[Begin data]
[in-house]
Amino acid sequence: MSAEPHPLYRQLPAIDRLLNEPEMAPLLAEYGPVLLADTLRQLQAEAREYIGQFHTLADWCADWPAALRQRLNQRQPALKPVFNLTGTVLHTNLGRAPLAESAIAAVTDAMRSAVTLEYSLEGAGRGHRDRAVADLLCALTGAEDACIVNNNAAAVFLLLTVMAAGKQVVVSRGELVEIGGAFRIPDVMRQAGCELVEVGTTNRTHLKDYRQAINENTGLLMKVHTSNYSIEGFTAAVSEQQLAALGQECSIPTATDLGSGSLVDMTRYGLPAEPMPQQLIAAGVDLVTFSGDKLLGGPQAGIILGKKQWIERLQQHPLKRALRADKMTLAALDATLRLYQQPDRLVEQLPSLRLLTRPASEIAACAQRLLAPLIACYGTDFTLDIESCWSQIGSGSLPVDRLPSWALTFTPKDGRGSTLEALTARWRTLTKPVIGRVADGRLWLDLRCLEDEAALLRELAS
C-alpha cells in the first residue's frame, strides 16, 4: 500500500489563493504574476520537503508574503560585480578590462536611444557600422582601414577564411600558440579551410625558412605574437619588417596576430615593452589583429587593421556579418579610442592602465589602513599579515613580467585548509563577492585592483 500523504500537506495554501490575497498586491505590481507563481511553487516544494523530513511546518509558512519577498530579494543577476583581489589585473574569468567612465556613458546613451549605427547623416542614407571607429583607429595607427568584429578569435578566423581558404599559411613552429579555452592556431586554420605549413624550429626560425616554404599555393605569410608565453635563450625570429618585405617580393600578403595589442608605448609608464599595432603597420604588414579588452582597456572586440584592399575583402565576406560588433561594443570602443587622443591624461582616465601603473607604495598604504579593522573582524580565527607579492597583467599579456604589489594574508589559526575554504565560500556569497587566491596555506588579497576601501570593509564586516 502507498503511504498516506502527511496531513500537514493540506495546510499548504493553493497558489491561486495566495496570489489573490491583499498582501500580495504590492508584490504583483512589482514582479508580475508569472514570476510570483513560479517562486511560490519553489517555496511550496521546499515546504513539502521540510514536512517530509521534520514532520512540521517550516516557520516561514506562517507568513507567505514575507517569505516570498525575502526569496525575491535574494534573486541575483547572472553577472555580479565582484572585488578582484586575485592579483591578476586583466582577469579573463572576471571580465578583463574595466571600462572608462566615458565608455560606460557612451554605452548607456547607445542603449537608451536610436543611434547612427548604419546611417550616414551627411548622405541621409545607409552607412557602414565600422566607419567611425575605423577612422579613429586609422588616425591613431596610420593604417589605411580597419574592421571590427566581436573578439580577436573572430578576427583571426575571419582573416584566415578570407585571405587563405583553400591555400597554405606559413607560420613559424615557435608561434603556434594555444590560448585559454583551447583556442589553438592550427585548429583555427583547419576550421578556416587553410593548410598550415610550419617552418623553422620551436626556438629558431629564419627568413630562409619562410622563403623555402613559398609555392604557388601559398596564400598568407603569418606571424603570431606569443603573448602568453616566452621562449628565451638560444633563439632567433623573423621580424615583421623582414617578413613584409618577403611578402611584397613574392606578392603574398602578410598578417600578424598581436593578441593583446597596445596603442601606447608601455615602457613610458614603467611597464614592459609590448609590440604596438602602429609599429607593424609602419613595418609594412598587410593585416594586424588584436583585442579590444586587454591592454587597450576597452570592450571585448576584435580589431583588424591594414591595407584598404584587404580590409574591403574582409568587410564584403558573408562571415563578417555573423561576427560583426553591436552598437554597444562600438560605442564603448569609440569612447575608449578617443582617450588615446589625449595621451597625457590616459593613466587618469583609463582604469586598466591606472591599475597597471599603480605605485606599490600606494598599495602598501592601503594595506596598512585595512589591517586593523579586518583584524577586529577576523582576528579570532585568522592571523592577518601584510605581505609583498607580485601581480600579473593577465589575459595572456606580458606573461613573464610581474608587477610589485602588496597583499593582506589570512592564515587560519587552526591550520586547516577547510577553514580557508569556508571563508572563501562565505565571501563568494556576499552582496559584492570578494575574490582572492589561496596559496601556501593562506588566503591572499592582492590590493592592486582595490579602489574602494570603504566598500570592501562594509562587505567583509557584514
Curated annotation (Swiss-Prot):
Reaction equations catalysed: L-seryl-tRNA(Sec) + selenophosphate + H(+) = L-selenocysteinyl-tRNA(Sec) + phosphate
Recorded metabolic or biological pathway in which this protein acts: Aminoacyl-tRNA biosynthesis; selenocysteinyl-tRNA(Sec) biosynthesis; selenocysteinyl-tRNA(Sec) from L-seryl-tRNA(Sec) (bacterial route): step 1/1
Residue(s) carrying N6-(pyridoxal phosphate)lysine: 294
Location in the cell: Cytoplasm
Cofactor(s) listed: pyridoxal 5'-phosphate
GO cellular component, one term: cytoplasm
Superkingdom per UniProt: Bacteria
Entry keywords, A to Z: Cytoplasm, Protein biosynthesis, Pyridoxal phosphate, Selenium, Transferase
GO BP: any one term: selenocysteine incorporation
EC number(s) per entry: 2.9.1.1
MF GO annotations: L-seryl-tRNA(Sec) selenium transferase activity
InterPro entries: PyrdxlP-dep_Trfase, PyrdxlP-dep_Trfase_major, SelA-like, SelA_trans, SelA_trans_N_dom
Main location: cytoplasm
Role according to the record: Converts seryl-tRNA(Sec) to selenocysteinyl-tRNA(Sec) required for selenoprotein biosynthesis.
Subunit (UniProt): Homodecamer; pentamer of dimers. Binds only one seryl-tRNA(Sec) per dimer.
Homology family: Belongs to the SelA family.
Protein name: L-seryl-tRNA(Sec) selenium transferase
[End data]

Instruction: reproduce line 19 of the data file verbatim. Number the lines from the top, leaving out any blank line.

Subunit (UniProt): Homodecamer; pentamer of dimers. Binds only one seryl-tRNA(Sec) per dimer.